Definition of the financial plan

What is a financial plan?

A financial plan is a document that contains a person’s current financial situation and long-term monetary goals, along with strategies for achieving those goals. A financial plan begins with a thorough assessment of a person’s current financial situation and future expectations and can be created independently or with the help of a licensed financial planner.

Key points to remember

  • A financial plan documents a person’s long-term financial goals and creates a strategy for achieving them.
  • The plan should be comprehensive but also highly individualized, in order to reflect the individual’s personal and family circumstances, risk tolerance and future expectations.
  • The plan begins with a calculation of the person’s current net worth and cash flow and ends with a strategy.

The foundations of financial plans

Understanding the financial plan

Whether you do it on your own or with a financial planner, the first step in creating a financial plan is to put together lots of pieces of paper or, more likely these days, cut and paste numbers from various web accounts into one. document. or spreadsheet.

You can perform the following steps as an individual or as a couple:

Calculating net worth

To determine your current net worth, list all of the following:

  • Your assets: This can include a house and car, money in the bank, money invested in a 401 (k) plan, and anything else of value you own.
  • Your liabilities: This could be credit card debt, student debt, an outstanding mortgage, and a car loan. In some cases, you may have access to a grace period or a moratorium.

The formula for your current net worth is your total assets minus your total liabilities.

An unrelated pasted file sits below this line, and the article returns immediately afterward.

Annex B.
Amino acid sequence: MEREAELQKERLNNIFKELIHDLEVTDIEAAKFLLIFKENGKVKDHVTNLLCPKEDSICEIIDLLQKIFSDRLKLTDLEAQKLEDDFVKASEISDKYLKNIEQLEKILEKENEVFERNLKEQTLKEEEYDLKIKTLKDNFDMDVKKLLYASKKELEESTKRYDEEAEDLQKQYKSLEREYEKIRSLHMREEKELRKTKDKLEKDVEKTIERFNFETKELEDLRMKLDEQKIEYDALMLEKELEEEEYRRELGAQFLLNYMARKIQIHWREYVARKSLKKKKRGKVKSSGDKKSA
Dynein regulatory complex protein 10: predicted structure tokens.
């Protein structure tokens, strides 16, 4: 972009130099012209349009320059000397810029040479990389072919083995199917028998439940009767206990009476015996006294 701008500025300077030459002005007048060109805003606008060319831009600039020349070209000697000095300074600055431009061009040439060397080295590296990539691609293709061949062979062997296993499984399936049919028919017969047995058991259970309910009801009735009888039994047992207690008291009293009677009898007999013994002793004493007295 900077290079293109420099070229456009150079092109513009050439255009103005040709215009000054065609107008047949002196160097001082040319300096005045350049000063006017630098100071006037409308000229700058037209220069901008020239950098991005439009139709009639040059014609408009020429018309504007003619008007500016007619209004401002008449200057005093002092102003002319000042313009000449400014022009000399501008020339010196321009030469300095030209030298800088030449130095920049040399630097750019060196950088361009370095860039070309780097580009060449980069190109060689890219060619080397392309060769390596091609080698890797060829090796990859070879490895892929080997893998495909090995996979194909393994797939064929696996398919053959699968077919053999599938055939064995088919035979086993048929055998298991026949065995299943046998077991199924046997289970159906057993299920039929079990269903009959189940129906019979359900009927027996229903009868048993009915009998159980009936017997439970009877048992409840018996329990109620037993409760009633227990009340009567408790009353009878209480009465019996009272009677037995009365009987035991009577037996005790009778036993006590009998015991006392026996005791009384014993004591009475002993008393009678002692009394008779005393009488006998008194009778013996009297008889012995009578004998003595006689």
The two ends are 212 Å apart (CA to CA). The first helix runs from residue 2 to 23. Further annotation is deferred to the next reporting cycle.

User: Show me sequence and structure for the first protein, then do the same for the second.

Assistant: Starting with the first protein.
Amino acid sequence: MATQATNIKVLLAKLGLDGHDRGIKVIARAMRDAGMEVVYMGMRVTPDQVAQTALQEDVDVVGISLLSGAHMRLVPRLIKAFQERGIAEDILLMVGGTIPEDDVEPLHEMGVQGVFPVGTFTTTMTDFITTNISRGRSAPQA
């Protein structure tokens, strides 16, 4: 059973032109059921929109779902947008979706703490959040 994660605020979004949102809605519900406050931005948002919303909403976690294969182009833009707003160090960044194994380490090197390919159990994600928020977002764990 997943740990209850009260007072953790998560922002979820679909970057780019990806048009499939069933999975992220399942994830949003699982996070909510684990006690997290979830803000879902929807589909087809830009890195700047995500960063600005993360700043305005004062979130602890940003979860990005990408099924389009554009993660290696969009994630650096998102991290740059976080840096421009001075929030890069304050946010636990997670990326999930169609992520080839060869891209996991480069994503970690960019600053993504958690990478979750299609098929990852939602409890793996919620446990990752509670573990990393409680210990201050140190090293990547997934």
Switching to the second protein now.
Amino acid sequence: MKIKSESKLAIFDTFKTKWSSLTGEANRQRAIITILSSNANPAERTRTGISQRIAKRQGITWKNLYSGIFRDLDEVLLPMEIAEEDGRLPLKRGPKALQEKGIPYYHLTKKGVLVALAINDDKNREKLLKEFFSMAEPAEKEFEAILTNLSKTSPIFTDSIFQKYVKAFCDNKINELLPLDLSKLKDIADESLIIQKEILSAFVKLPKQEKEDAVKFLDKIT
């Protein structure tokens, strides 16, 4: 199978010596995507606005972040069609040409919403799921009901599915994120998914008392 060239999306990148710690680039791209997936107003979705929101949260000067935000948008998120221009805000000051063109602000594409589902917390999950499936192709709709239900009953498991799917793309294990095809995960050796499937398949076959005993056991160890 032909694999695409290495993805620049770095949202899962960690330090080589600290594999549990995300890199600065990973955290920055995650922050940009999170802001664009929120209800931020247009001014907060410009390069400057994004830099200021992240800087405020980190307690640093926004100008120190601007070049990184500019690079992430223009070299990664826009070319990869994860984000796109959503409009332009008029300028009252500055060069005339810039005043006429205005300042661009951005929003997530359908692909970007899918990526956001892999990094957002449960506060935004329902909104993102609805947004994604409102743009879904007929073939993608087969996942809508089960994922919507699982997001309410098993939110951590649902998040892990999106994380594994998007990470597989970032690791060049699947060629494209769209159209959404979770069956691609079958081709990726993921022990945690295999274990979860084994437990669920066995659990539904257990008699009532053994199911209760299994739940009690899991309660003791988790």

Determination of cash flow

You can’t create a financial plan without knowing where your money is going and when. Documenting transactions (the flow of money in and out) will help you determine how much you need each month for necessities, how much can be left for saving and investing, and even where you can cut back a little or a lot.

One way to do this is to go through your checking and credit card statements. Collectively, they should provide a fairly comprehensive history of your spending.

If your spending varies a lot with the seasons, it’s best to go through an entire year counting all the expenses in each category, then dividing by 12 to get an average monthly estimate of your spending. That way, you won’t underestimate or overestimate what you spend on utilities, and you also won’t forget to factor in holiday giveaways or vacations.

Don’t overlook cash withdrawals that can be used for sundries, from shampoo to soda.

Document how much you paid in a year in basic housing expenses like rent or mortgage payments, utilities, credit card interest, and even household furnishings. Add categories for food, clothing, transportation, medical insurance, and uncovered medical expenses, then separately document your actual expenses for entertainment, dining, and vacation travel.